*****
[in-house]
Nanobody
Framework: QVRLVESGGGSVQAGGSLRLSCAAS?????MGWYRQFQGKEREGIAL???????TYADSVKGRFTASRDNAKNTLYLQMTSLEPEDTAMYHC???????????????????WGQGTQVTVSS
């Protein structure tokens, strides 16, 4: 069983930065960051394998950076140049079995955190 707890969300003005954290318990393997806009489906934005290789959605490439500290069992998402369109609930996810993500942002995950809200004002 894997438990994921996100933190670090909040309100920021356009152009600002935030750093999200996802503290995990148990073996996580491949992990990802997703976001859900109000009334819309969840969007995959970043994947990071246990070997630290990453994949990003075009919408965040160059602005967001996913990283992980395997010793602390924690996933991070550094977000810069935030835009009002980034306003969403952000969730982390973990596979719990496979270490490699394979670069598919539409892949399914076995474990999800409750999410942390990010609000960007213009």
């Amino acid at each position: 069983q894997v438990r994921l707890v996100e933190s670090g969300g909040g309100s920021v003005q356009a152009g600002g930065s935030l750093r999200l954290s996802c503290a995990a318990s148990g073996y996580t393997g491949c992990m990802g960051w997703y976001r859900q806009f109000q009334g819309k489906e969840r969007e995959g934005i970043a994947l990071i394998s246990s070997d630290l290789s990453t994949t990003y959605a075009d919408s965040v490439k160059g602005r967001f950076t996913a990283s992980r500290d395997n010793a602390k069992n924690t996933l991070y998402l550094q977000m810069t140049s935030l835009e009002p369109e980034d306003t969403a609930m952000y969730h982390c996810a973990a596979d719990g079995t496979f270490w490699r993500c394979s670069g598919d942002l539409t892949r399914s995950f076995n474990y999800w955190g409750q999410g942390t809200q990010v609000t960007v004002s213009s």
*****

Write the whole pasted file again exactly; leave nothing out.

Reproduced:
[in-house]
Nanobody
Framework: QVRLVESGGGSVQAGGSLRLSCAAS?????MGWYRQFQGKEREGIAL???????TYADSVKGRFTASRDNAKNTLYLQMTSLEPEDTAMYHC???????????????????WGQGTQVTVSS
């Protein structure tokens, strides 16, 4: 069983930065960051394998950076140049079995955190 707890969300003005954290318990393997806009489906934005290789959605490439500290069992998402369109609930996810993500942002995950809200004002 894997438990994921996100933190670090909040309100920021356009152009600002935030750093999200996802503290995990148990073996996580491949992990990802997703976001859900109000009334819309969840969007995959970043994947990071246990070997630290990453994949990003075009919408965040160059602005967001996913990283992980395997010793602390924690996933991070550094977000810069935030835009009002980034306003969403952000969730982390973990596979719990496979270490490699394979670069598919539409892949399914076995474990999800409750999410942390990010609000960007213009």
């Amino acid at each position: 069983q894997v438990r994921l707890v996100e933190s670090g969300g909040g309100s920021v003005q356009a152009g600002g930065s935030l750093r999200l954290s996802c503290a995990a318990s148990g073996y996580t393997g491949c992990m990802g960051w997703y976001r859900q806009f109000q009334g819309k489906e969840r969007e995959g934005i970043a994947l990071i394998s246990s070997d630290l290789s990453t994949t990003y959605a075009d919408s965040v490439k160059g602005r967001f950076t996913a990283s992980r500290d395997n010793a602390k069992n924690t996933l991070y998402l550094q977000m810069t140049s935030l835009e009002p369109e980034d306003t969403a609930m952000y969730h982390c996810a973990a596979d719990g079995t496979f270490w490699r993500c394979s670069g598919d942002l539409t892949r399914s995950f076995n474990y999800w955190g409750q999410g942390t809200q990010v609000t960007v004002s213009s």